Community Curation

In bottom-up community curation, curation communities (journals, scientific societies, etc.) define explicit curation criteria, and any piece of work that meets those criteria is automatically curated: There's no final bottleneck decision-maker. This allows for more explicit quality standards, and implies that communities may also benefit from validation signal generated by actors outside of the community: For example, a community may define Open Data as a necessary curation criterion, benefit from the validation services of other communities by curating any Node with the according verified Attestation.

You can apply to join the Community MVP now to create your own curation community on DeSci Nodes.

View Curated Nodes

To view Nodes curated by communities on DeSci Nodes, check the Browse page and make sure you've selected Browse by Community. You can filter curated Nodes by selecting a community. Once selected, the Feed will update to show only Nodes that have been curated by this community. You will also see a short description and some keywords per community, making it easier to know which Feeds to pay attention to, based on your own interests. You can also view a community's Curated Nodes list from their Community Home.

Curation Criteria

Each curation community on DeSci Nodes selects a set of Attestations as their curation criteria. This means that any Node claiming this set of Attestations will appear as a submission on the community's Radar. From here, members can review the Node and choose to verify the claimed attestations based on the content of the claiming Node. Once every Attestation within the curation criteria has been validated by at least one person, the Node is automatically curated into the Curated Nodes list.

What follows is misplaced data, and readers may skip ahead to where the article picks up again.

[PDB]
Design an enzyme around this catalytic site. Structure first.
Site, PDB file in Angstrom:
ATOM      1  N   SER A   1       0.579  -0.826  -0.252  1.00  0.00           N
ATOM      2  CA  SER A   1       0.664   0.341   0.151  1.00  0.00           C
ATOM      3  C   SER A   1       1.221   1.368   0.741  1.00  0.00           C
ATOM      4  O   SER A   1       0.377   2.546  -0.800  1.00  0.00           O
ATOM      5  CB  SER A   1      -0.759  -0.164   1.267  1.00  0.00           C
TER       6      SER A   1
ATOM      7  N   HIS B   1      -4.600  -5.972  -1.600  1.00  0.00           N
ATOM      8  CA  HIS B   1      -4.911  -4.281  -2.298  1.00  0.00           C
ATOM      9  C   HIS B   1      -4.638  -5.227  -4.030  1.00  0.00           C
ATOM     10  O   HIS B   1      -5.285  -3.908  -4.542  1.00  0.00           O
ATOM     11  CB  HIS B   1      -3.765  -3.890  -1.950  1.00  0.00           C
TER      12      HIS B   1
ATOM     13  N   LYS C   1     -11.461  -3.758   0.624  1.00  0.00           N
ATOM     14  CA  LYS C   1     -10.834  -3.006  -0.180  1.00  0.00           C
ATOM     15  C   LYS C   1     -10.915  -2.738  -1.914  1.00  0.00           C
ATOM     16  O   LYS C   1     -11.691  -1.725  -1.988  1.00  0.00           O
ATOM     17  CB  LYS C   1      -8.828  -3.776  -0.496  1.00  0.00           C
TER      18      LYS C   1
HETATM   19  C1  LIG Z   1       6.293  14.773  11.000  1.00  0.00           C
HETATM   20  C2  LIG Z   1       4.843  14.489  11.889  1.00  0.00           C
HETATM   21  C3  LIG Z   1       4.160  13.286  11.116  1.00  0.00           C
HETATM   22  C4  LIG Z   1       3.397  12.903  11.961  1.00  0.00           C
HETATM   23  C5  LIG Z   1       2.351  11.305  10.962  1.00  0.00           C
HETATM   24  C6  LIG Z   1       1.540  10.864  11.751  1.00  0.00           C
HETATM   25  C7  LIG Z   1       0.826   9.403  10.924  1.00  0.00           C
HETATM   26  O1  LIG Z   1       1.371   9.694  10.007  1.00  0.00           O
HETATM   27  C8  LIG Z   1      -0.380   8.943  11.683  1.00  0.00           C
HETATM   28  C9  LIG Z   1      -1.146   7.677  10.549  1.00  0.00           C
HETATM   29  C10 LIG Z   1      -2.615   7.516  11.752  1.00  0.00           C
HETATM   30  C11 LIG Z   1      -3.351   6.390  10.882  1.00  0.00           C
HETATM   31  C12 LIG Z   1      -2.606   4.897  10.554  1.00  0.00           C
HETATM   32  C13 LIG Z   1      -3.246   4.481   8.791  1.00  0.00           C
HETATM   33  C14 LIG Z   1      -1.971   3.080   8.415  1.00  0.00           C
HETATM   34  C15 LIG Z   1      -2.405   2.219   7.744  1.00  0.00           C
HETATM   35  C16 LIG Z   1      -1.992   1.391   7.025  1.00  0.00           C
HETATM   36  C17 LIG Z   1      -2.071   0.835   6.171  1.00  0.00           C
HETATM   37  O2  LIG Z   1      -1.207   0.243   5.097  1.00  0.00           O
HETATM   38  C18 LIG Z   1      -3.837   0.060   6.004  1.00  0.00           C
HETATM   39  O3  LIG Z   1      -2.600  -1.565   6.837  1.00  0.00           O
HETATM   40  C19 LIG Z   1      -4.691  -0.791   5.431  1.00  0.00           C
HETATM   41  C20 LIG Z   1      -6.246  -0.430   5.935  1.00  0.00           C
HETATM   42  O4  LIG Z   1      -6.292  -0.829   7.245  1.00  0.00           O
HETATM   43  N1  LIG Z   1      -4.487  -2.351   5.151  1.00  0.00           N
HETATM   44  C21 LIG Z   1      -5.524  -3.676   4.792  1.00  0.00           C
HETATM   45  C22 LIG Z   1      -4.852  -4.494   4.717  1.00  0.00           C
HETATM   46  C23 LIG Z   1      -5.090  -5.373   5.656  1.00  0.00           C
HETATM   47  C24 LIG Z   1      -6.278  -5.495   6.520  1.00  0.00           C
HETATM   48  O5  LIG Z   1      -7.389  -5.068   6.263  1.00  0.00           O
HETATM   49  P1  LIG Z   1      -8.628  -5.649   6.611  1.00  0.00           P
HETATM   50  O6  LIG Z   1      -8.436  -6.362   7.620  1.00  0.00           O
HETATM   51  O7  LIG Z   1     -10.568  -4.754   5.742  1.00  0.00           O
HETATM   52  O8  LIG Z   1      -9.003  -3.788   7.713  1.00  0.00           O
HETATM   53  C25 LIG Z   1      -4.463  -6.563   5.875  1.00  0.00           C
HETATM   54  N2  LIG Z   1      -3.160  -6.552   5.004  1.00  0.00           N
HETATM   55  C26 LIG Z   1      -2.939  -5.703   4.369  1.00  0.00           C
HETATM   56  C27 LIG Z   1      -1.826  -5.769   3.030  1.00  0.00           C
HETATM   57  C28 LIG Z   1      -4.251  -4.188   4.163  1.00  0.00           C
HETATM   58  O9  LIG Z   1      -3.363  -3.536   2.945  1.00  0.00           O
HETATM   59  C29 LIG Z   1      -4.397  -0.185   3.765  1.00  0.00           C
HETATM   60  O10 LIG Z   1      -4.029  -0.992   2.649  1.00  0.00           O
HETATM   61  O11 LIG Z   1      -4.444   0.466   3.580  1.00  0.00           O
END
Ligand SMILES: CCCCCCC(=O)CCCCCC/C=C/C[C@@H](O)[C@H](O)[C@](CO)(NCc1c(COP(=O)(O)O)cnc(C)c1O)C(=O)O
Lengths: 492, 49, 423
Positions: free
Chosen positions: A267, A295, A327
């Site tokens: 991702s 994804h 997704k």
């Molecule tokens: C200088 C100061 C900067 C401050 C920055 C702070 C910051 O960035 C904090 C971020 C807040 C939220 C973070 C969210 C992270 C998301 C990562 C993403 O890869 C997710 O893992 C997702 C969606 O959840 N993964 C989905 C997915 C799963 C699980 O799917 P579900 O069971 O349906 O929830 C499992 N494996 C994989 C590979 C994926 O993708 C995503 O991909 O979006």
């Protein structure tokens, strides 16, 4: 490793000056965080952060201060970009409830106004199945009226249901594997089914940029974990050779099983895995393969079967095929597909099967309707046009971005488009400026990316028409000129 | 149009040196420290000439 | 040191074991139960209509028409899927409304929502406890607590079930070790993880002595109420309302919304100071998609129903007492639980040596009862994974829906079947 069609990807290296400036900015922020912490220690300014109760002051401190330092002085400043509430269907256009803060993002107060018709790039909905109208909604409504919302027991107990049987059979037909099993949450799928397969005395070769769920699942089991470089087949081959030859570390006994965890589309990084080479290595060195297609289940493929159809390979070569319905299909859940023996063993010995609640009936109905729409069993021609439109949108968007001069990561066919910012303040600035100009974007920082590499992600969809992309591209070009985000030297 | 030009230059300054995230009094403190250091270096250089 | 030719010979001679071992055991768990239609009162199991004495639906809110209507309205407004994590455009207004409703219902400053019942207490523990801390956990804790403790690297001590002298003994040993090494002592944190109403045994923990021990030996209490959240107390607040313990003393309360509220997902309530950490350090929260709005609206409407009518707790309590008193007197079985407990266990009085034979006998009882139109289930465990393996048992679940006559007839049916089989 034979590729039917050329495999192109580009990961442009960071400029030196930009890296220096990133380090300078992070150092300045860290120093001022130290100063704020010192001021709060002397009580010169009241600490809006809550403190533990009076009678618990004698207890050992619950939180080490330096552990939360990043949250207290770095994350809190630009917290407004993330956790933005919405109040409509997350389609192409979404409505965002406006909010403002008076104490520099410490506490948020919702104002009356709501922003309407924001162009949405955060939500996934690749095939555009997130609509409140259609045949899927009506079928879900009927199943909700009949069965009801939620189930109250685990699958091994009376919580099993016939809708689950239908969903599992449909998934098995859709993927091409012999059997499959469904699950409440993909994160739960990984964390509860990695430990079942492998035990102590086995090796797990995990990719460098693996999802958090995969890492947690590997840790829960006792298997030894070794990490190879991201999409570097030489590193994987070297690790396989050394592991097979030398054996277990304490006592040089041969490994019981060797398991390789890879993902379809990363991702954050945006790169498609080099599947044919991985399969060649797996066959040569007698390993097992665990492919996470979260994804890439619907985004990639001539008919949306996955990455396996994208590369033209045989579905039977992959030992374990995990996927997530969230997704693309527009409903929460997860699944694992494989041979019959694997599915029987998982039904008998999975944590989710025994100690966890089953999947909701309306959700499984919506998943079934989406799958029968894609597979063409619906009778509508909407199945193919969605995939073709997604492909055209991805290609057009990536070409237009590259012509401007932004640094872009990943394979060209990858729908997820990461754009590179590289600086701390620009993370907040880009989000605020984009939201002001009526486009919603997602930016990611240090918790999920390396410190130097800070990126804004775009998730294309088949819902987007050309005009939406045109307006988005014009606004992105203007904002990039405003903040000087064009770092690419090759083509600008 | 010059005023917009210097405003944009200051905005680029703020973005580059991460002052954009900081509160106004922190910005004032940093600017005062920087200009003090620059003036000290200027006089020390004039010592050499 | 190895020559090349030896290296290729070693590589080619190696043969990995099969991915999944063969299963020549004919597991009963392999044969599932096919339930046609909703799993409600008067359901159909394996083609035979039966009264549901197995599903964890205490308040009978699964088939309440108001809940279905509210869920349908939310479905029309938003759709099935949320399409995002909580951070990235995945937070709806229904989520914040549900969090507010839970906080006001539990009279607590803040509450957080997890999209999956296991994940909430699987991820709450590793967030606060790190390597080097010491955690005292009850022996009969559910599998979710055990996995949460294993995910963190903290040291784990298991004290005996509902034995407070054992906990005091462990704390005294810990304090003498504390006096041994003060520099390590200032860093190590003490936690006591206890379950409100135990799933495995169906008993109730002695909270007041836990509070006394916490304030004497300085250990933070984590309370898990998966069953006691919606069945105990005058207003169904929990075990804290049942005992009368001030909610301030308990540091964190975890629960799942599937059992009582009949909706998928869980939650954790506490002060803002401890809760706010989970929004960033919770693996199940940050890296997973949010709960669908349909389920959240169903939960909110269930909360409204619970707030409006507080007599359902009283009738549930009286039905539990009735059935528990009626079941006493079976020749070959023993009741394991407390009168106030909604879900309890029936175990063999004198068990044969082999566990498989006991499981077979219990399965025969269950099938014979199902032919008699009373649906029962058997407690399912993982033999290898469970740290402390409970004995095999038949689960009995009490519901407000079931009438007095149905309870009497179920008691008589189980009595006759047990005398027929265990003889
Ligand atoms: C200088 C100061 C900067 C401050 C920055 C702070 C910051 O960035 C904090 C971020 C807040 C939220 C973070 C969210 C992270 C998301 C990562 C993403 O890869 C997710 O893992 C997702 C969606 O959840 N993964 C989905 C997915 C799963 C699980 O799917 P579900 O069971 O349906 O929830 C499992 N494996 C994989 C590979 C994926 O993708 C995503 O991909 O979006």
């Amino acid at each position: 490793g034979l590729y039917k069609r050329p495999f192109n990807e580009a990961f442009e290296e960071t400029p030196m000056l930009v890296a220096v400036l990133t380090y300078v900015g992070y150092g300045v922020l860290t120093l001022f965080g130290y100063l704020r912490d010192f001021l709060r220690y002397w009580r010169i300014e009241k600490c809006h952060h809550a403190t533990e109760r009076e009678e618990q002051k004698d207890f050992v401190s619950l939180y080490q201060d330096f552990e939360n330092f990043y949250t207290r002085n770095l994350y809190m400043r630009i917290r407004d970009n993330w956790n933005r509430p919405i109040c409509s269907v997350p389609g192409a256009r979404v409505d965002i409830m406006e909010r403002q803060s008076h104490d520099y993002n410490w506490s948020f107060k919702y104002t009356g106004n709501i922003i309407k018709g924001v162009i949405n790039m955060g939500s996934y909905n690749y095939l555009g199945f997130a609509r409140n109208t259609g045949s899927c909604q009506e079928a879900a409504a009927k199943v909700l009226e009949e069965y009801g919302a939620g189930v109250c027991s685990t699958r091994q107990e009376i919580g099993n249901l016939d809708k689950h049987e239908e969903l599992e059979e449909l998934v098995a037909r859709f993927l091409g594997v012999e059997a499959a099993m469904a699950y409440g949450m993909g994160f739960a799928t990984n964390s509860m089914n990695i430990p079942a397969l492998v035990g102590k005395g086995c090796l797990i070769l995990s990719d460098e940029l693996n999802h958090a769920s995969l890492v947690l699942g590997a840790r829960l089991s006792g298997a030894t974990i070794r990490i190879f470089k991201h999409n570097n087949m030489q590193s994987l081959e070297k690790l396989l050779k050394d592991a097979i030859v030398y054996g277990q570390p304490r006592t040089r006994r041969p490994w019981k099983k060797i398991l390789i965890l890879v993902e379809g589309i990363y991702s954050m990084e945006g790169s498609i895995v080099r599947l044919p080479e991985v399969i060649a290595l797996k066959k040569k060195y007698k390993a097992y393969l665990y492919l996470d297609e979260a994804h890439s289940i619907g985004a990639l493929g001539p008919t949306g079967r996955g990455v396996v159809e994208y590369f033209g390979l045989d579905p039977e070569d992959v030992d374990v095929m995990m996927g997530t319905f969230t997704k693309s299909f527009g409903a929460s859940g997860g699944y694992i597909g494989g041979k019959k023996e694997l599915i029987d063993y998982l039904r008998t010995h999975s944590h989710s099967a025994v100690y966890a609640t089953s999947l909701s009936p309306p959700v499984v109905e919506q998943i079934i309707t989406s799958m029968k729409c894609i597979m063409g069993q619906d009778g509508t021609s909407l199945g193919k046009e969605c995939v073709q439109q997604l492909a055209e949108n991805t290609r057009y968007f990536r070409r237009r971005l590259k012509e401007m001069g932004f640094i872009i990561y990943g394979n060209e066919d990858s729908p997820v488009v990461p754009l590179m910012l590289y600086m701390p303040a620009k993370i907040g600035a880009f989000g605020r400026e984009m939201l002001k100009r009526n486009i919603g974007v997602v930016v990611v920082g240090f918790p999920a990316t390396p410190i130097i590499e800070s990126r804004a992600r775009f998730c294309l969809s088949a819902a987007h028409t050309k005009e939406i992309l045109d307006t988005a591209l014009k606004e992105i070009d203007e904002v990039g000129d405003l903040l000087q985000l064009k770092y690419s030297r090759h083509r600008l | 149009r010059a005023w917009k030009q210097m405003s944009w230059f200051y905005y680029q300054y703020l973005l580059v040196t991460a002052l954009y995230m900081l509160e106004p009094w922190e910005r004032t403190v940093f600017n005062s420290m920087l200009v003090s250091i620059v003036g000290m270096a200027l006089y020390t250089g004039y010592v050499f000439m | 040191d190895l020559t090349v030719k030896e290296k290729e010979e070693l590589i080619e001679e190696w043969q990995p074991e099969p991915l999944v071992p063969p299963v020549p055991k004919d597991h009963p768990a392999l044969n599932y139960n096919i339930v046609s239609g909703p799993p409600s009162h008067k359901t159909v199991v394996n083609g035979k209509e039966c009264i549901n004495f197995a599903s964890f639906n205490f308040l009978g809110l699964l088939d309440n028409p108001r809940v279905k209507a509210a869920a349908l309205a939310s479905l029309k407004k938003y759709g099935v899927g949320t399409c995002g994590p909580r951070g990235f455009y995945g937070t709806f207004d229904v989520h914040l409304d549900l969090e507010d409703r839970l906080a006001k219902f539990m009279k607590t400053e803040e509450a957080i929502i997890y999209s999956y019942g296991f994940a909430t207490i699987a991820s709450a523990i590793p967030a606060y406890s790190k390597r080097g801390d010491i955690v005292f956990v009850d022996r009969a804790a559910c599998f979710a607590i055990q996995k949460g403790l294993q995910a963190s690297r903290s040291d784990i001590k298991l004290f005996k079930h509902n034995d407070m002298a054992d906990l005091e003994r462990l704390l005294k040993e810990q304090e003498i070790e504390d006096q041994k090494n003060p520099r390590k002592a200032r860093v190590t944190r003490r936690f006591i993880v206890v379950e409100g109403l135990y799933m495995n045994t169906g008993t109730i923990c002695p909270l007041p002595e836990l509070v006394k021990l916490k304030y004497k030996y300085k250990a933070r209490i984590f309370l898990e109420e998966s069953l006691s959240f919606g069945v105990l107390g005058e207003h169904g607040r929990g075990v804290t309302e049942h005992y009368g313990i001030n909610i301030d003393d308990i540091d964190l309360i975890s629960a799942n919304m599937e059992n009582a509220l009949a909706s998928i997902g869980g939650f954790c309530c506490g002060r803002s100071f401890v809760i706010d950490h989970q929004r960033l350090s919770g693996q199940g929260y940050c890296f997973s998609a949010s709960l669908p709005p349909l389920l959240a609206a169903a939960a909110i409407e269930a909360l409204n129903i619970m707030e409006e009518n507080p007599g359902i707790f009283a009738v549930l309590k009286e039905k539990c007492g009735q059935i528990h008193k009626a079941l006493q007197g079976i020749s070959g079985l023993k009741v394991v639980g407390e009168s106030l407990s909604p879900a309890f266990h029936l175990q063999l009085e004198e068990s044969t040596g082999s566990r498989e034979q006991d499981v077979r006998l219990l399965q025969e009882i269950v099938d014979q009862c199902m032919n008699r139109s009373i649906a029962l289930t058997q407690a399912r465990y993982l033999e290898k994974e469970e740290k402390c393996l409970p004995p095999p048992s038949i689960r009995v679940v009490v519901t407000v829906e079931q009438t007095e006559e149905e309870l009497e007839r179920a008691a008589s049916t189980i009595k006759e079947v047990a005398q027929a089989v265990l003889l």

Current Limitations of the Curation Functionality

In order to keep things simple, communities right now are able to select which Attestations need to be verified in order for a Node to be curated into their feed. Communities are currently not able to define whose verification signal to count, meaning that verifications from actors outside of the community may lead to a Node getting curated by the community. This may be beneficial, as the community gets to benefit from work done by others, but it may also lead to unwanted curations as well as fake verifications with malicious intent. This is a limitation we are aware of and will address in the future releases of this feature.

Communities are currently also not able to create their own Attestations. They will be able to do so very soon with our upcoming Attestation Manager.

Visions Around Curation

Our vision for scientific curation is one with the broadest design space possible, in order to allow for communities to create the quality standards and mechanisms that best represent and advance their values and purpose. This means that communities will not only be able to define their own Attestations, but also granularly set curation thresholds for each of them. They will be able to decide how many verifications any attestation needs in order for the Node to be eligible for curation, and set explicit rules for whose verificaiton signal to count in the first place. For some Attestations the public signal may be informative, while for others you may trust only a small set of people's opinions. Communities can also use OR conditions to define the set of Attestations in the curation criteria.

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